CAMP PENDLETON, Calif. – Marine Corps Cpl. James Hibler enlisted to help secure the best options for his future.
The UH-1Y Huey helicopter crew chief with Marine Light Attack Helicopter Squadron 469, Marine Aircraft Group 39, 1st Marine Expeditionary Force, grew up in Arlington, Texas. His father and brother both served in the military, he said, so he knew where to turn when he decided he needed a change.
“I went to the University of North Texas and graduated with a bachelor’s degree in criminal justice,” Hibler said. “I didn’t want a normal job, so I decided to join the Marine Corps.”
Before enlisting, Hibler received a harsh reminder of what the price of service might be. On April 6, 2011, one of his friends from elementary school, Marine Corps Staff Sgt. Jeremy Smith, was killed in Afghanistan’s Helmand province.
Hibler spent about five months in the Marine Corps Delayed Entry Program before leaving for California to start his training at Marine Corps Recruit Depot San Diego in January 2012.
Career Choice Inspired By Images of Vietnam
While the Marine Corps offers a variety of potential jobs, Hibler said, his career choice was inspired by imagery from the era in which his father served.
“If you look at iconic pictures and videos of Vietnam, you see Hueys coming over the trees,” he said. “What better job than to fly around in a Huey, shooting machine guns?”
As a crew chief, Hibler helps ensure the aircraft is safe to fly and serves as a door gunner in combat. He described one of the days on the job that gave him a sense of fulfillment as a Marine. It involved lots of hard work and a .50-caliber machine gun.
“We went to go shoot at Mountain Home Air Force Base in Idaho, and everywhere we flew, there was snow on the ground,” Hibler said. “The .50-cali I was shooting broke, so we had to get the ammo to another helicopter.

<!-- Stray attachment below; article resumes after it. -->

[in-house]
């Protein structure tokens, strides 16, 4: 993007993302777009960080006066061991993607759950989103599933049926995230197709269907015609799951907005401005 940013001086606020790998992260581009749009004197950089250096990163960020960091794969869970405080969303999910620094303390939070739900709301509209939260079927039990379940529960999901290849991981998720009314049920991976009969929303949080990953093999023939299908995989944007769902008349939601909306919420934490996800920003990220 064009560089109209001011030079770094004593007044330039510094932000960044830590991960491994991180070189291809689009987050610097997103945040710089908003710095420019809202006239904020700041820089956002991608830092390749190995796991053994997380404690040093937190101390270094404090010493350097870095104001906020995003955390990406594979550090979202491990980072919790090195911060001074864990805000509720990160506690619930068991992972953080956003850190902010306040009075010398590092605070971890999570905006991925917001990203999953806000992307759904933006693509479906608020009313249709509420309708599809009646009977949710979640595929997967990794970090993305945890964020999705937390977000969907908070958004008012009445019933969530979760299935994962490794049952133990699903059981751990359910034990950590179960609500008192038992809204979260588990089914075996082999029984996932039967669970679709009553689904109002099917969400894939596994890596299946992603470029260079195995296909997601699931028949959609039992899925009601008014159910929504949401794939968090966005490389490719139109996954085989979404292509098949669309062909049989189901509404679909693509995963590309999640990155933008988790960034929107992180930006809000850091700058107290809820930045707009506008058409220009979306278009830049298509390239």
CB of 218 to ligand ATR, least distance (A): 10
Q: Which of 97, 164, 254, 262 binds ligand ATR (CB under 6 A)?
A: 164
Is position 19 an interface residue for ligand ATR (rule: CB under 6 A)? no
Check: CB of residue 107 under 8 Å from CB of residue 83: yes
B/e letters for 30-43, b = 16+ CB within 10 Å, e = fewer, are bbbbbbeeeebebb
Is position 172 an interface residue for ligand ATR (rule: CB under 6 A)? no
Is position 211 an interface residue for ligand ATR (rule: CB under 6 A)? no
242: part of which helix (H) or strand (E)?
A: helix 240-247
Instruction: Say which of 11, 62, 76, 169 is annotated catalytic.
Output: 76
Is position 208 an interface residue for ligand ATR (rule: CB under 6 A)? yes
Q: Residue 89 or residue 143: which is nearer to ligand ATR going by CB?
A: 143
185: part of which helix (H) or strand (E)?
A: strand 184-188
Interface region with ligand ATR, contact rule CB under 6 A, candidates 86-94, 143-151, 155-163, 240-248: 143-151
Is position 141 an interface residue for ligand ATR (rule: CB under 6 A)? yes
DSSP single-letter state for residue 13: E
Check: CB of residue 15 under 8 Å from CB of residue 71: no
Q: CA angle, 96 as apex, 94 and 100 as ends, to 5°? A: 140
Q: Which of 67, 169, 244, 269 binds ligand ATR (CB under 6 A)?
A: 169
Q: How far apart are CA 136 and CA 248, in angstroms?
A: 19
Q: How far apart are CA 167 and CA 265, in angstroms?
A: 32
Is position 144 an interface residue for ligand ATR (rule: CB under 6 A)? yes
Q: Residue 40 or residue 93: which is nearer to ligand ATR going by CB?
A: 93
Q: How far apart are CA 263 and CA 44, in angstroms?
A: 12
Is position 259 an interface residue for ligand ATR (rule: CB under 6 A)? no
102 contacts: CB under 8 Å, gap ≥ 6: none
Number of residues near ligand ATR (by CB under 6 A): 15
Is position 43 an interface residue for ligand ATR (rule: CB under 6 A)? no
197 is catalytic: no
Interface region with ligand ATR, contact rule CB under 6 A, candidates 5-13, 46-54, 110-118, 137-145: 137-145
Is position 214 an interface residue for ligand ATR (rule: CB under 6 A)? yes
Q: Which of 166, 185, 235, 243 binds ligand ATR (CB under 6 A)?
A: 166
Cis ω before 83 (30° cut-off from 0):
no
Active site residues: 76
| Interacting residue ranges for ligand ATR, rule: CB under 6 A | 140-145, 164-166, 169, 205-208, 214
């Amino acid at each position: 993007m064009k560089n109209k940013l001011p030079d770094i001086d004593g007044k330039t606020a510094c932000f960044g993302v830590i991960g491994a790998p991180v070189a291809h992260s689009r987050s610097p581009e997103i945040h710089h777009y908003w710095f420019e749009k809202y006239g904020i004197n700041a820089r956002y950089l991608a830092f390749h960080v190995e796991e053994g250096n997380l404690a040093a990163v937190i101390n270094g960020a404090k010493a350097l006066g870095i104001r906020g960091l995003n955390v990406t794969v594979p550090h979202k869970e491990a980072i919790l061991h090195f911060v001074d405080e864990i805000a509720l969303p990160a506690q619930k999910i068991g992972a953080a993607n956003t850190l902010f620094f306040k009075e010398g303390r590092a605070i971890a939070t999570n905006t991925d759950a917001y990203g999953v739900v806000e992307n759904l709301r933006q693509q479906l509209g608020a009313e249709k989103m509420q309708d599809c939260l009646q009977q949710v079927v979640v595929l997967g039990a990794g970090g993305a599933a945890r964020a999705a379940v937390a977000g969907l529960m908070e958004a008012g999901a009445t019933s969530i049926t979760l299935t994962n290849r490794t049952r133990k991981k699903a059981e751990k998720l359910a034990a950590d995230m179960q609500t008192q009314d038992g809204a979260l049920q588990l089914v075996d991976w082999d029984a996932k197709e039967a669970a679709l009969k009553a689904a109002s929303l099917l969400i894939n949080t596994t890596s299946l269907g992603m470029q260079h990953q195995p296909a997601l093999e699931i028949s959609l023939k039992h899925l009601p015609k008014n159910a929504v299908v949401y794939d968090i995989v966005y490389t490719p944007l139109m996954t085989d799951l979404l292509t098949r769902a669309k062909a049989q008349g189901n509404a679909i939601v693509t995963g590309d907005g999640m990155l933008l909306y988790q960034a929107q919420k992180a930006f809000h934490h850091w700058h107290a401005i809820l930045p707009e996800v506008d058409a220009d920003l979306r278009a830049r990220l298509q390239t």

“We landed in a field and had to carry about 800 rounds of ammo 200 yards uphill,” he continued, “but every step we took, we would sink four or five inches into the soil. We only have a certain amount of time on station when we can deploy our weapons systems before we have to leave, so we had to hurry.”
‘It Was Miserable, But It Was Kind of Fun’
By the time he and his fellow Marines had transferred the ammunition, Hibler said, they were completely soaked in sweat. “Then we had to run back to our helicopter and keep flying around, and it was about 40 degrees outside,” he added. “It was miserable, but it was kind of fun.”
But the happiest moments of his career so far have just been getting to know his fellow Marines, Hibler said.
“It’s when you’re sitting out on the flightline with a couple of your fellow crew chiefs waiting to go test some helicopters, or when you fly out to Twentynine Palms and you’re waiting for a fuel truck and you have down time, just sitting in the back of a Huey talking to your buddies,” he said. “That’s when you get personal with people. You get to know one another.”
Praise From Noncommissioned Officers
Hibler has developed a reputation with his fellow noncommissioned officers.
“His maturity shows on a day-to-day basis,” said Marine Corps Sgt. Robert Brown, also a UH-1Y crew chief. “He comes in and does what he needs to do to get his job done, and now as a corporal, he keeps his Marines on track.”
His NCOs added that they think he will continue to be successful after he leaves the Marine Corps.
“I think whatever he sets his mind to he’s going to do,” said another crew chief in the squadron, Marine Corps Sgt. Eric Seaman. “He’s already got a plan going right now, and as long as he continues on the outside world what he did here, he will achieve whatever he needs to do.”
Opportunities After Service
Aside from being part of an elite fighting force, Hibler said, he was drawn to the Marine Corps by the opportunities that would be available when he completes his enlistment.
“When you’re in the Marine Corps, you meet so many people and open up avenues for yourself when you get out,” he said. “Everybody likes to hire a veteran, plus you will always have that sense of pride of being a Marine.”
Hibler said he plans to use his education in his post-military life in conjunction with the skills he gains during his service, perhaps serving with the Bureau of Alcohol, Tobacco, Firearms and Explosives or the Drug Enforcement Agency.
“They all have helicopters,” he said, “so I want to try to pursue a career related to flying and stay working for a federal agency.”